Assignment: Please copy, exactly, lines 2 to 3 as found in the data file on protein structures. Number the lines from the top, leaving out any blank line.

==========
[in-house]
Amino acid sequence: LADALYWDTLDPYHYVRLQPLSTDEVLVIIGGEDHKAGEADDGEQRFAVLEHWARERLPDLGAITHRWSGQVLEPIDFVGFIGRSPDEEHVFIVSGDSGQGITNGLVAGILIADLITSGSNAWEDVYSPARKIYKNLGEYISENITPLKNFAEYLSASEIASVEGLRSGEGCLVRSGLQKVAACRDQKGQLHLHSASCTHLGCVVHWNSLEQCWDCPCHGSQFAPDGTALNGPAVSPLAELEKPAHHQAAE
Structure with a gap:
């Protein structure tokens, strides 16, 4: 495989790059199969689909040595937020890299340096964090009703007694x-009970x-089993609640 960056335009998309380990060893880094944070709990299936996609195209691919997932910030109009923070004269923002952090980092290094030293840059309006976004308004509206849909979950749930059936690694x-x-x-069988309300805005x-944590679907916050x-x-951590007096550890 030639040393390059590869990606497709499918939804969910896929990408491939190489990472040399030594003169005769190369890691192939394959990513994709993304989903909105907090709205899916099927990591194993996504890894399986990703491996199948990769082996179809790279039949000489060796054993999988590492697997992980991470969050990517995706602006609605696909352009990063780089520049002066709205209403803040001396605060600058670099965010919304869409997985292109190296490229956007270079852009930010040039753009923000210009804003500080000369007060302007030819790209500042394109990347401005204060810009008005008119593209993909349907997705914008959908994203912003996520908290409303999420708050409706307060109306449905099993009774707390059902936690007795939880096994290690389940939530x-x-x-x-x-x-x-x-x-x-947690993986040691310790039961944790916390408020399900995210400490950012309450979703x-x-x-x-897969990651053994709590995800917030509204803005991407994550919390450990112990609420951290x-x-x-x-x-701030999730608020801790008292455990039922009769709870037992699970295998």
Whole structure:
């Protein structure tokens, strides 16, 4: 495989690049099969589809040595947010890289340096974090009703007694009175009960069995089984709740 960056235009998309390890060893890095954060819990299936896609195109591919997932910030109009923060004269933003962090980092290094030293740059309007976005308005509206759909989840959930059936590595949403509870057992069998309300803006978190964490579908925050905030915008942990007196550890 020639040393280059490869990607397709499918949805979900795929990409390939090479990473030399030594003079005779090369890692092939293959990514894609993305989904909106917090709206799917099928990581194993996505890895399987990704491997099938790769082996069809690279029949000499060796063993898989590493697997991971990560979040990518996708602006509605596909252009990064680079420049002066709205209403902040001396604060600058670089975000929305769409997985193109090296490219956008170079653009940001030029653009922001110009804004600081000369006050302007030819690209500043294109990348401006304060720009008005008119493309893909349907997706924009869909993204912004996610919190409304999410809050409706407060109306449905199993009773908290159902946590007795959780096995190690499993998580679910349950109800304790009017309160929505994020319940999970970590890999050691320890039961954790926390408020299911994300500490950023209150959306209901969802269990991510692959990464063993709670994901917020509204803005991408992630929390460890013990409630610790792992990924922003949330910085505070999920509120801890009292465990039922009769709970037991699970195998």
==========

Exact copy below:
Amino acid sequence: LADALYWDTLDPYHYVRLQPLSTDEVLVIIGGEDHKAGEADDGEQRFAVLEHWARERLPDLGAITHRWSGQVLEPIDFVGFIGRSPDEEHVFIVSGDSGQGITNGLVAGILIADLITSGSNAWEDVYSPARKIYKNLGEYISENITPLKNFAEYLSASEIASVEGLRSGEGCLVRSGLQKVAACRDQKGQLHLHSASCTHLGCVVHWNSLEQCWDCPCHGSQFAPDGTALNGPAVSPLAELEKPAHHQAAE
Structure with a gap: